Hello, my name is Simon Howells, I am 3 years old and I am a short-haired guinea pig. At home I live indoors with my humans Gaynor and Malcolm. Eight other ‘piggies’ and four rottweilers complete my family. I do have a hutch but I only go in there to sleep.

I have visited Ash Vets very frequently in the last six months due to my health problems. Firstly I developed a head tilt (the vets called it vestibular disease) this makes it difficult for me to feed as I cannot balance, so my owners had to spend a lot of time caring for me and hand-feeding me my favourite foods such as parsley, mixed leaves, cucumber, apples and the odd rich tea biscuit.

Then about two months ago I started to have problems toileting. Every time I tried to pass urine it was very painful and I would squeak loudly. I also had red coloured urine which was apparently blood. The vet gave me antibiotics but they only helped a bit so I had to go to have something called an x-ray, my owner said it was just like having a picture taken. I was asleep for this so I don’t really remember anything.

My x-ray showed I had a bladder stone (this is caused by a build up of minerals in the urine which then form a stone, commonly seen in dogs and cats and sometimes humans) and I would have to have an operation to remove it. I went to the vets the following week for surgery, I was given an injection in my neck which made me fall asleep and I then had my operation. The stone that was removed from my bladder was approximately 5mm in diameter and was very sharp; no wonder I was in so much pain!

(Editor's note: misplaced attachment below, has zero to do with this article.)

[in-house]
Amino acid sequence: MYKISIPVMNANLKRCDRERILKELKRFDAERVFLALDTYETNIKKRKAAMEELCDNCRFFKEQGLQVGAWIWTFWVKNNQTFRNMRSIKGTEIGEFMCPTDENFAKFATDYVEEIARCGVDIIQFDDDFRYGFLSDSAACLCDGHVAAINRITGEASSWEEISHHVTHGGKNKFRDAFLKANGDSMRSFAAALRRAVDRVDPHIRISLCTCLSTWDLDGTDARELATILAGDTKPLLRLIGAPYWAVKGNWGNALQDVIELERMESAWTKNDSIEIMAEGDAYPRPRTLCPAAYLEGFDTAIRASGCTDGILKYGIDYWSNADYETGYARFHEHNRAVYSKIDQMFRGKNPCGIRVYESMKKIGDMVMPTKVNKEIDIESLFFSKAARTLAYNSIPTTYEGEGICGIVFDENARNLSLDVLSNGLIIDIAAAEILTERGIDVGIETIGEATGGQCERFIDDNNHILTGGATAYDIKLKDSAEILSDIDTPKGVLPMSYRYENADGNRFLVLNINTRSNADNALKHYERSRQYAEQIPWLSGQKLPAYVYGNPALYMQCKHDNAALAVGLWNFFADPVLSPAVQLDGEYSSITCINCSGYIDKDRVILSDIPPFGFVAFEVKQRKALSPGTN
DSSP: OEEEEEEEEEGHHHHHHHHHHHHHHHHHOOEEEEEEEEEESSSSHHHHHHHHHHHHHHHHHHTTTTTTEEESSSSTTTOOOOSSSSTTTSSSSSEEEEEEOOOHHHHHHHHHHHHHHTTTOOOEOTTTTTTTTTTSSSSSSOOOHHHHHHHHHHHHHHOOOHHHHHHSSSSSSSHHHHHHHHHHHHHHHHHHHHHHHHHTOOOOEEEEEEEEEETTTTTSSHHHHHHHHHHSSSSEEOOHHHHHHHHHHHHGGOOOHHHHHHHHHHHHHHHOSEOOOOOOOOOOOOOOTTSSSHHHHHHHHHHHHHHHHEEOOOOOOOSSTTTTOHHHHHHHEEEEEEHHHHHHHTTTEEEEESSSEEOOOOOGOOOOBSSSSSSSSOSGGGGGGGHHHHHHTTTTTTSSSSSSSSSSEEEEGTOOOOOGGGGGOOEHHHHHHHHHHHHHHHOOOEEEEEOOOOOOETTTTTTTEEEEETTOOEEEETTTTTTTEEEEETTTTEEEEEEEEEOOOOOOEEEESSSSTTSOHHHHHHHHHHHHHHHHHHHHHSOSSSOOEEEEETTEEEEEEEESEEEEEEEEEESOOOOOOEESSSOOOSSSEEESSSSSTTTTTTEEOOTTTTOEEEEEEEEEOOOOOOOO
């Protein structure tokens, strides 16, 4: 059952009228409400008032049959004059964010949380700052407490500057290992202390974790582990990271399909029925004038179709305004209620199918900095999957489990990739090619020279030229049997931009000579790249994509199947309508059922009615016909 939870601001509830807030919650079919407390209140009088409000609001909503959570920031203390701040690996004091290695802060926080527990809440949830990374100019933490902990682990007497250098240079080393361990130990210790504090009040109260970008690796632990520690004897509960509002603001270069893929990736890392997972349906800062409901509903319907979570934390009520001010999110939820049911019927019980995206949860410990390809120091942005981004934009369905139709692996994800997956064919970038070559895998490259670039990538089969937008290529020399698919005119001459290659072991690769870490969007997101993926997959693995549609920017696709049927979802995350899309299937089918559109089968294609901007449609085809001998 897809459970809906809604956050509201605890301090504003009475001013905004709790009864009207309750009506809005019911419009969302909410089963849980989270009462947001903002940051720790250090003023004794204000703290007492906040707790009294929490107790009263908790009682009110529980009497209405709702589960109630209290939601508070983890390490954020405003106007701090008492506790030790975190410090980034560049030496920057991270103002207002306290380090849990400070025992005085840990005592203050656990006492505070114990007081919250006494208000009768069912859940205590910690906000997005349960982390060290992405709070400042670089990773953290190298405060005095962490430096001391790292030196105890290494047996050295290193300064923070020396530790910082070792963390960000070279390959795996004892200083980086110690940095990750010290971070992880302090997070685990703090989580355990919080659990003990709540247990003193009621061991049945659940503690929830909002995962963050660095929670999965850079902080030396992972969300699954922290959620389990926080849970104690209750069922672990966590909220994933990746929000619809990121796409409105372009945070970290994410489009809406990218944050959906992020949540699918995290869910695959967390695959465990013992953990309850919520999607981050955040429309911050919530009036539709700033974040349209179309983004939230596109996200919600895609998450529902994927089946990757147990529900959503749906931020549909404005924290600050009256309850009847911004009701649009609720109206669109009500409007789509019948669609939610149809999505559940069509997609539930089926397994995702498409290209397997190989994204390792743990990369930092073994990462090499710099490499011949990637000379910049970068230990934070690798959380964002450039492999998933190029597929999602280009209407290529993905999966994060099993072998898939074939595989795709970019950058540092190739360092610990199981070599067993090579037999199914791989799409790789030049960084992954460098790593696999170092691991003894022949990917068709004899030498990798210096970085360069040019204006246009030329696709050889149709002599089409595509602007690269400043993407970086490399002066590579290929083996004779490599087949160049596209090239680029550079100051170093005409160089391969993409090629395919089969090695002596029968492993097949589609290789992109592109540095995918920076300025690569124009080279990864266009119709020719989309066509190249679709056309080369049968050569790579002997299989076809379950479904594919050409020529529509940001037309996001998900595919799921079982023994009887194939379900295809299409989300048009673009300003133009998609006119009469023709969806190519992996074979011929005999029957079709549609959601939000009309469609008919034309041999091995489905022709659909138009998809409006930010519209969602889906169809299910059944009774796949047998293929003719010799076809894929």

As you can see from my pictures I was carefully monitored during my operation and recovery. When I was waking up I was put into an incubator to keep me warm and encouraged to eat as soon as I was awake. My vet, Mr Hatton said it was the first time he had removed a bladder stone from a guinea pig patient! Thanks to the care of the veterinary team at Ash Vets and my very dedicated owners I have made a complete recovery. I still come to visit the surgery as my head tilt is an ongoing illness and needs monitoring. But hopefully I will not have any more problems with my waterworks now I am having a carefully monitored diet!

Love, Simon

 

Simon Anaesthesia

Here I am, asleep under anaesthetic. The machine you can see gives me oxygen and anaesthetic gas to keep me asleep.

 

 

 

 

 

 

 

I have a tube up my nose to make sure I get oxygen to breathSimon Anaesthetic Monitoring

whilst I am asleep.

The pulse oximeter machine by my head measures the level of oxygen

in my blood to make sure I’m getting enough. The  clip on my foot is the

sensor for this machine.

The wiggly line across the screen shows my heart rate and rhythm as

the machine measures these as well.

 

Here is the stone that was removed from my bladder. It’s about the size

of a chick pea, but all sharp and rough round the outside. That’s why itSimon's Stone

was making my bladder bleed.

I feel so much better now it’s been removed.

 

 

 

 

 

 

Here you can see me in the incubator where I woke up after my operation.Simon Recovering